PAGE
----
The state of vending machine operators industry in the United States and industry performance
A long trend of declining revenue has made for a slow decade for the Vending Machine Operator industry in the United States. Within the past five (5) years revenue has declined each year except for 2012. According to IBISWorld Inc. revenue has decreased at an annualized rate of 0.8% to about $7.3 billion within the past five years, and a 1.1% decrease so far in 2016. The status of the industry has been a result of changes in the eating index, new nutritional restrictions, and the rise of micro markets and convenience and grocery stores among other things.
Although the outlook may be somewhat discouraging, with downward revenue trends being expected to continue, there is a silver lining as these decreases are expected to occur at a slower rate. Over the next five year period, industry revenue is expected to decrease at a rate of 0.6% to an estimated $7.1 billion, according to IBISWorld. In the coming years, key external drivers will both positively and negatively affect the industry’s profit margin; these include an increase in per capita disposable income, a rising healthy eating index, and rising prices for corn and sugar.
Changing laws pose a big threat to industry operators. Since its implementation in 2014, the USDA’s Smart Snacks in School has introduced new challenges for operators who have machines in primary and secondary schools. The nutritional restrictions have created a limited selection that operators can supply, and unfortunately the approved items are not popular among the students. These restrictions have caused many operators with school locations to experience a 30-40% decrease in revenue. If more laws similar to these continue to be passed some vending operators will be forced to find healthy selections that will be profitable, or exit this industry segment.
In response to the decreasing sales from snack, food, and beverage machines the industry has turned some of its attention to using technology to generate sales, as well as continuing to pursue non-traditional machine markets. As it stands in 2016, of the $7.9bn in the industry, movies and games has 29.8%, food has 29.6%, beverage has 29.9%, and other products have 10.7% according to IBISWorld.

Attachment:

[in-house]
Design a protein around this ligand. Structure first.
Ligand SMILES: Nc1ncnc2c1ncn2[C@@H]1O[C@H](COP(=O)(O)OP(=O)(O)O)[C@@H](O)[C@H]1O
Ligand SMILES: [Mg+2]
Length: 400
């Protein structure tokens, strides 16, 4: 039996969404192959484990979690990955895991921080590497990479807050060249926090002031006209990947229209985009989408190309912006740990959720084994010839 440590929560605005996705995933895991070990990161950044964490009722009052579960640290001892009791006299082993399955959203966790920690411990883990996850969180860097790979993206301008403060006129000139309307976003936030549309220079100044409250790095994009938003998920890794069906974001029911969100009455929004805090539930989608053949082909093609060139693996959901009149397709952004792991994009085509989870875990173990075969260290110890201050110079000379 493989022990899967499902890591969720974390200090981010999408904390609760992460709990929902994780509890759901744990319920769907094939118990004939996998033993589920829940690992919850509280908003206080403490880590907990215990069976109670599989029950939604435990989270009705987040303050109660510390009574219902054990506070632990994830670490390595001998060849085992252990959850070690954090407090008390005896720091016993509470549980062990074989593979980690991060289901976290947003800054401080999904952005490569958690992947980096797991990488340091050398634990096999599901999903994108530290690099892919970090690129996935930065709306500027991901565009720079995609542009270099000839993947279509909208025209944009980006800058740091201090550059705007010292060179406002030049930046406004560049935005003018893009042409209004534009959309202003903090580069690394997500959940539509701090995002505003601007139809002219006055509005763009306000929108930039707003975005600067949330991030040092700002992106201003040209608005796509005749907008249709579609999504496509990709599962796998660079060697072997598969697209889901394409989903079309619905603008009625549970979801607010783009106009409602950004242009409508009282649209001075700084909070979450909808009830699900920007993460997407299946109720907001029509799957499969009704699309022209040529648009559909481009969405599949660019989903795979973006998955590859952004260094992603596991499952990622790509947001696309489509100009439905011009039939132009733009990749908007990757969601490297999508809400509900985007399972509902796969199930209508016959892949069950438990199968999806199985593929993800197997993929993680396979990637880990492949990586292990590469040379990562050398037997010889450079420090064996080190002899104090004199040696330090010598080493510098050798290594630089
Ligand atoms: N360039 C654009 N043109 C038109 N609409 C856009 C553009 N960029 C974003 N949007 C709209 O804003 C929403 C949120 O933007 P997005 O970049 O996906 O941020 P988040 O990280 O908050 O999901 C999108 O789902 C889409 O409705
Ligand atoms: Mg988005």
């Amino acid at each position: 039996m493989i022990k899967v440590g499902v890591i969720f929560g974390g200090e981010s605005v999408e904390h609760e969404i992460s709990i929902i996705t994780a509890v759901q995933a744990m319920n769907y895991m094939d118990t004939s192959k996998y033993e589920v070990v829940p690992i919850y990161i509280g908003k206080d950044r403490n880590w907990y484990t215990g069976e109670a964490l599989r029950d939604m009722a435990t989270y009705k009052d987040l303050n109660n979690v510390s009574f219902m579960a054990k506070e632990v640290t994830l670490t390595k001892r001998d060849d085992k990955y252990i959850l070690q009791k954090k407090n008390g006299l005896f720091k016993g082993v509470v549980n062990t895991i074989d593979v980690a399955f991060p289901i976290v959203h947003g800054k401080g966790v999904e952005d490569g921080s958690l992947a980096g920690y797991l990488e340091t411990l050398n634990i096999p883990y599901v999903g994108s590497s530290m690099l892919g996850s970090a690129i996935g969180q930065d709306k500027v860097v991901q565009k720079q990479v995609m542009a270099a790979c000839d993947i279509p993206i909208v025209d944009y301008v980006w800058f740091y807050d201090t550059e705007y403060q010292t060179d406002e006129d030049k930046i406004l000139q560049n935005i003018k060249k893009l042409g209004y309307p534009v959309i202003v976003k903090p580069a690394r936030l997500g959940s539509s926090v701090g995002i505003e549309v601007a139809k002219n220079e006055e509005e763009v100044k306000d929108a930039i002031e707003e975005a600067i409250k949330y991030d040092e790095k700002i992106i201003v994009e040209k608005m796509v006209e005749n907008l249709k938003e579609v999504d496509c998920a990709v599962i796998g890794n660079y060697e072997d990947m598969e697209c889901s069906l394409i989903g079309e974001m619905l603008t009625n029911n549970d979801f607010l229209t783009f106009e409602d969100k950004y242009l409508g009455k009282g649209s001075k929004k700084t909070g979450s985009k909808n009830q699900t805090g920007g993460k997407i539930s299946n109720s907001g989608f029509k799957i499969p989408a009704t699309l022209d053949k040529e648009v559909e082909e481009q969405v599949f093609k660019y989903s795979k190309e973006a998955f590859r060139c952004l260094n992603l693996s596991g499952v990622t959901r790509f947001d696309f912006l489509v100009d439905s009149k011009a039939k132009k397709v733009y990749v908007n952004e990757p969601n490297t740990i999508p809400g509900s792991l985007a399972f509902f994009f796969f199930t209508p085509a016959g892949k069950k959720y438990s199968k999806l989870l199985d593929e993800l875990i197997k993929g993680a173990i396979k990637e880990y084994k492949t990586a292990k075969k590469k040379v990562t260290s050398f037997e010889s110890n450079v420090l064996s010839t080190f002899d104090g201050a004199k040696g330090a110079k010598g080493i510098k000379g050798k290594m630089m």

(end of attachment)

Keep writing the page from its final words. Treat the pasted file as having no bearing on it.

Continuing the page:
Technology such as touch screens, cashless / mobile payment, and remote monitoring systems will help companies are the future and will create a more enticing customer experience which will hopefully drive sales. Recent advances in technology will help to improve operators’ profit margins, as they will be able to monitor machines more closely and make decisions to eliminate underperforming machines.
Competition / Major Players
IBISWorld determined the market share concentration in the industry to be medium with the top four industry operators being estimated to represent 47.1% of total industry revenue, the remaining 52.9% being held by small to medium sized companies. Major players with the largest market share are Outerwall Inc. (21.2%), Compass Group PLC (12.5%), and Aramark Corporation (9.0%).
Over the five years leading up to 2016, market share concentration has been on the rise as costs continue to increase while revenue declines. IBISWorld determined the most important key success factors for businesses in the industry are:
• Having an exclusive sales contract
• Ability to pass on cost increases
• Economies of scale and scope
• Proximity to key markets
• Easy access for clients
Internal competition in the industry is high and the trend is steady, according to IBISWorld. More and more companies are beginning to diversify the products they offer, as well as changing the machines to cater to the rising healthy eating index. IBISWorld says that sleek, well-branded machines with easy customer interfaces and technology will help spur revenue growth for operators.
Overall, the industry outlook has been looking up as the continual decline in industry revenue is expected to slow. Improvements in technology will give operators tools to remain profitable. Industry companies need to continue to focus on meeting the demand of healthy vending and embracing technology to drive efficiencies and increased sales.